Even Celebrations For Bhutan’s Newborn Prince Were Climate-Conscious

The “happiest country” in the world is once again proving its dedication to the environment, in the wake of the birth of their king’s first child.

Prince Birth

This might be the reason why Bhutan is called the “happiest country” in the world. The tiny nation has worked tirelessly to create a balance between technology and the environment — and has proven its dedication to the cause yet again.

Nearly 100,000 citizens of Bhutan, including the country’s Prime Minister Tshering Tobgay, volunteered to plant 108,000 “trees of life” sealed with prayers, to commemorate the birth of King Jigme Khesar Namgyel Wangchuck’s first child.

“In Buddhism, a tree is the provider and nourisher of all life forms, symbolizing longevity, health, beauty and even compassion,” said Tenzin Lekphell, who coordinated the initiative, called “Tendrel” in the local language.

The number of trees planted to honor the occasion was exactly 108,000 as the figure 108 is sacred and represents the cleansing of 108 defilements that hinder human beings to attain enlightenment.

Prince Birth


? Bhutanese families spent a wonderful Losar today, celebrating the day with family and loved ones. To make the day even more special, we have the honour of bringing to you the very first official photograph of His Royal Highness The Gyalsey. In this delightful Losar Kupar from Lingkana Palace, His Royal Highness The Gyalsey is surrounded by His Majesty The King, His Majesty the Fourth Druk Gyalpo, and Her Majesty The Gyaltsuen. His Royal HIghness The Gyalsey was born on the 5th of February 2016, and is the first Royal Child of His Majesty The King and Her Majesty The Gyaltsuen. ? #Bhutan #PrinceofBhutan #HisMajesty #kingjigmekhesar #HerMajesty #QueenJetsunPema #Losar #fourthdrukgyalpo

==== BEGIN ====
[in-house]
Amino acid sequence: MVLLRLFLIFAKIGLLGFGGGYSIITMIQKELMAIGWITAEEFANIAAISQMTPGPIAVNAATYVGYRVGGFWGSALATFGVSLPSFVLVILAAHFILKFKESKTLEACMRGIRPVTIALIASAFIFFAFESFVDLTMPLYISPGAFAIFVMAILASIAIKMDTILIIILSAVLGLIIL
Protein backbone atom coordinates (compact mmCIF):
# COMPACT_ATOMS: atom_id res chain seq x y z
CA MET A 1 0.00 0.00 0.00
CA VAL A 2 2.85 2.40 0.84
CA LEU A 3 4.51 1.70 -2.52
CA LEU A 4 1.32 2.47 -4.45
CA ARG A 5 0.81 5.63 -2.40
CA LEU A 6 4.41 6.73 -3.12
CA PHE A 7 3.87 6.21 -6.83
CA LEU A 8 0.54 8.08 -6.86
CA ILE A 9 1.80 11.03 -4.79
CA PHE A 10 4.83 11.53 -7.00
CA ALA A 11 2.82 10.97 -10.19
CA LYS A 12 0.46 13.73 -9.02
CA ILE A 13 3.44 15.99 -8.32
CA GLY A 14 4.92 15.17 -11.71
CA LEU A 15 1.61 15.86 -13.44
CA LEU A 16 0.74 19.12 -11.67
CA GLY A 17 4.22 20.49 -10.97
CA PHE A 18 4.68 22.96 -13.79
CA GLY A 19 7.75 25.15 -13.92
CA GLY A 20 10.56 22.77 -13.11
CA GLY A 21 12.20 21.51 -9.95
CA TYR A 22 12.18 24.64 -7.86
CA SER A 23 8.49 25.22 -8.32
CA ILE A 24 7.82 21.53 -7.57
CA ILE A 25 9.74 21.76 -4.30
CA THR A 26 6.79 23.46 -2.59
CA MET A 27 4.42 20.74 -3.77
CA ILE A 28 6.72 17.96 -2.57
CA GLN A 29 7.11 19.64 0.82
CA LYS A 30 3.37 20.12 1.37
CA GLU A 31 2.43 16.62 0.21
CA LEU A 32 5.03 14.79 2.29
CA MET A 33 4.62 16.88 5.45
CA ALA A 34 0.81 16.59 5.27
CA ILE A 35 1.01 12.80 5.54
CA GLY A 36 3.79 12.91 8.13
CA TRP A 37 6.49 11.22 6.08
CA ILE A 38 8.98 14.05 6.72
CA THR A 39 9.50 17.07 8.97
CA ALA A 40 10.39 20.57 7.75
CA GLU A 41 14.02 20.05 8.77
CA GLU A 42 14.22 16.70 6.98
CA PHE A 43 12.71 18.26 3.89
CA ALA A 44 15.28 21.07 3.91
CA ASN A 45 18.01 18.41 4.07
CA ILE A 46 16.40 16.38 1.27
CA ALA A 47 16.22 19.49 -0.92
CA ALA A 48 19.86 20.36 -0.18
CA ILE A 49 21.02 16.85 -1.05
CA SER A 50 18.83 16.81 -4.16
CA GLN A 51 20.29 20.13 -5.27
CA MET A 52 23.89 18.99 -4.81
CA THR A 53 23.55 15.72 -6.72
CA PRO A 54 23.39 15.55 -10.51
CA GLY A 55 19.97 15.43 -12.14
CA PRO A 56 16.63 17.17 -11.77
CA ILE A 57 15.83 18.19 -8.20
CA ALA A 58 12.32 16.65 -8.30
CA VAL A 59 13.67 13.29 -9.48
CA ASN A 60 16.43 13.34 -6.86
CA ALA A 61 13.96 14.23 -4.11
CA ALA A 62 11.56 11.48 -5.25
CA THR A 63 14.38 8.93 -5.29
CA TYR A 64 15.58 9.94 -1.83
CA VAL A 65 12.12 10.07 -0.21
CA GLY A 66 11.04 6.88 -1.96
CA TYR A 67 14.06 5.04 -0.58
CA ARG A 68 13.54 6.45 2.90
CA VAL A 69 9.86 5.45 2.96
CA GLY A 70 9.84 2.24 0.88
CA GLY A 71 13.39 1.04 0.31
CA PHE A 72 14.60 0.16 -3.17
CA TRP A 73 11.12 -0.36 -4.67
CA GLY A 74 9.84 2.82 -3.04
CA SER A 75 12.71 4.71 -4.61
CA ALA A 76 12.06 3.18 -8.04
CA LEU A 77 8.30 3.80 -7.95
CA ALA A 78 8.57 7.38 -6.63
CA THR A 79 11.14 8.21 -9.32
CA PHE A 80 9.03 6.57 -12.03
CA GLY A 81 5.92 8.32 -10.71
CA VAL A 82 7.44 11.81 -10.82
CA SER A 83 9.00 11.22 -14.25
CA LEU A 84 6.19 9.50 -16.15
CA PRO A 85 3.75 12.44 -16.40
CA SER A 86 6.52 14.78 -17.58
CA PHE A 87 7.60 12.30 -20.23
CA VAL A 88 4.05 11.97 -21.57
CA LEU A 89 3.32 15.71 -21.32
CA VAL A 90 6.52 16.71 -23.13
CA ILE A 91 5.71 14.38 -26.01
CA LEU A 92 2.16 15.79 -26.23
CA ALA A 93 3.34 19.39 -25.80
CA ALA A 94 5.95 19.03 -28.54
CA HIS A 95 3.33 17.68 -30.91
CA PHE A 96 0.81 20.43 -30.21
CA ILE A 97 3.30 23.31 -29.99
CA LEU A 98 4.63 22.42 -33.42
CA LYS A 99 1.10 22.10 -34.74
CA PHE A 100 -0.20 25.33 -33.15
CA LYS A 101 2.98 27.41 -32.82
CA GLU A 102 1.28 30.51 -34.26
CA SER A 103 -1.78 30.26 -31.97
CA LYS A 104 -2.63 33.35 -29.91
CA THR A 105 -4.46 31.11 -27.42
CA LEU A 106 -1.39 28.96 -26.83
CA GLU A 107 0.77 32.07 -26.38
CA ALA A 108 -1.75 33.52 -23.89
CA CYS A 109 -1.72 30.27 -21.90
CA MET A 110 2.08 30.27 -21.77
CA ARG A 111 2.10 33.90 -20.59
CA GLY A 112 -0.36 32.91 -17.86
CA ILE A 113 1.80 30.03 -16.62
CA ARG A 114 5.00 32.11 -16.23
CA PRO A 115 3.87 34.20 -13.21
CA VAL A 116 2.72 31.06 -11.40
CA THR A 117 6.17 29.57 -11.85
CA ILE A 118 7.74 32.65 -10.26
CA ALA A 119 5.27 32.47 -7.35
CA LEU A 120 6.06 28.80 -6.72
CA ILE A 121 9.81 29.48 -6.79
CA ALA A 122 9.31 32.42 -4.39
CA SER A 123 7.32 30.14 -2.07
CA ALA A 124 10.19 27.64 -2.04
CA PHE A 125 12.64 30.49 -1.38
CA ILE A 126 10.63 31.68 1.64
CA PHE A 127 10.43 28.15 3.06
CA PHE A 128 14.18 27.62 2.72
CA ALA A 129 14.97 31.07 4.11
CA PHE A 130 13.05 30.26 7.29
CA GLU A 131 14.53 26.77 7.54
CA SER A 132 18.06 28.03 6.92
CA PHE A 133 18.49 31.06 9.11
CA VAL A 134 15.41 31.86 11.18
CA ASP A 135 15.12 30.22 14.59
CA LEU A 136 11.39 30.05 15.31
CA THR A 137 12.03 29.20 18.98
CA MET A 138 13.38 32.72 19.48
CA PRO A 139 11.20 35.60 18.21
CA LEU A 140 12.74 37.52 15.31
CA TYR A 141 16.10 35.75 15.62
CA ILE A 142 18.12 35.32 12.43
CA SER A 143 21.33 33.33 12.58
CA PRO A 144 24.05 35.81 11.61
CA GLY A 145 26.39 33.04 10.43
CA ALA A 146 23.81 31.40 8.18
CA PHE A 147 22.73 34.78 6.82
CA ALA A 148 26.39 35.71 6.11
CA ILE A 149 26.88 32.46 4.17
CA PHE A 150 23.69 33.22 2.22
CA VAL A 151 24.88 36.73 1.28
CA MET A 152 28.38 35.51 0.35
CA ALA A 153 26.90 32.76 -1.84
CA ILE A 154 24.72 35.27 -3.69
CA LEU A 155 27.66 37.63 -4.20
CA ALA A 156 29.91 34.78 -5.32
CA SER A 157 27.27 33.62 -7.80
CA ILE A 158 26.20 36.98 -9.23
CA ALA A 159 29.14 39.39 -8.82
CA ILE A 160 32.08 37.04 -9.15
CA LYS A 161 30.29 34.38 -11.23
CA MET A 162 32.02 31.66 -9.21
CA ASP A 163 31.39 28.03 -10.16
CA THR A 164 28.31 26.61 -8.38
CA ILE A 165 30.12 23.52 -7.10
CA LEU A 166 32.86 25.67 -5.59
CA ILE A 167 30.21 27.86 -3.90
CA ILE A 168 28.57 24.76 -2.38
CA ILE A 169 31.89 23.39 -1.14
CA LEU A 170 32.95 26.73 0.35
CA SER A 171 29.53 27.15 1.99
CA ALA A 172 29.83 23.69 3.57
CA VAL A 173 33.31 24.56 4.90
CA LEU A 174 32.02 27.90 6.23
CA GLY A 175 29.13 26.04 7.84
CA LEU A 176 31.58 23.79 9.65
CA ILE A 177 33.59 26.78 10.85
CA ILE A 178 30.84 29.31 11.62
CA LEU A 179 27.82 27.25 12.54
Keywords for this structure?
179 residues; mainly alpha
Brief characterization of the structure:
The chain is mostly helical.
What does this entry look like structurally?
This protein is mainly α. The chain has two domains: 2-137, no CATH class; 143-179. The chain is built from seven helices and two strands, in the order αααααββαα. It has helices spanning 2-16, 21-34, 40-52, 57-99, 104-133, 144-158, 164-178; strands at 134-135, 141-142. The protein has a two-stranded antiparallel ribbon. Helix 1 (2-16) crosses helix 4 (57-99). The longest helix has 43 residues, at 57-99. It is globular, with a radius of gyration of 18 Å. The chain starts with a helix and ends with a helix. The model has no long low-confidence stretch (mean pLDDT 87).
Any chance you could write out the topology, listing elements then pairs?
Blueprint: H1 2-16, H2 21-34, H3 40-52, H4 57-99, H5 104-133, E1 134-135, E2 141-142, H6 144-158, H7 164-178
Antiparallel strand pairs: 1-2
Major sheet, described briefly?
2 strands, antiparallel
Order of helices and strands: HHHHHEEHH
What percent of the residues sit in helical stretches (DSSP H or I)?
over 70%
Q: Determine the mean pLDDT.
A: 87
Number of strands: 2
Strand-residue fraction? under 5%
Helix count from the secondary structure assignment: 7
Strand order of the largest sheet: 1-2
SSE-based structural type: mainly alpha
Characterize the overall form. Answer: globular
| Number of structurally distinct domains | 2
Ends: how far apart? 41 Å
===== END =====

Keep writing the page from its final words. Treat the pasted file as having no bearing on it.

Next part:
A photo posted by His Majesty King Jigme Khesar (@his_majesty_king_of_bhutan) on


Prince Birth

The “Dragon King” and his wife of four years, Queen Jetsun Pema, are the most beloved and respected royals of the Bhutanese people and with good reason.

In October 2011, the couple celebrated a relatively low-budgeted wedding that was nevertheless made grand by the public who decorated the city with lights and firework displays — a marked difference against the extravagant weddings of the prince and princesses of Brunei.


The then newlyweds also refused to go on a high-expenditure honeymoon, in order to start working immediately.

"We start working right after the day we were married," commented the king. "And if we travel, we'll travel around the country. We like to meet more people."

The Buddhist country also does not have reported incidences of terrorism that are rampant in other countries of South Asia. The Bhutanese people credit their preservation of their traditions to their monarchs and the birth of the prince signifies their continuation.

As the people planted trees on March 6 in celebration, the Ministry of Tourism opened up a “Happiness Garden” in the capital city of Thimphu.

The 48,400-yard garden invites tourists to plant “happiness trees” with the objective of having trees representing every country in the world.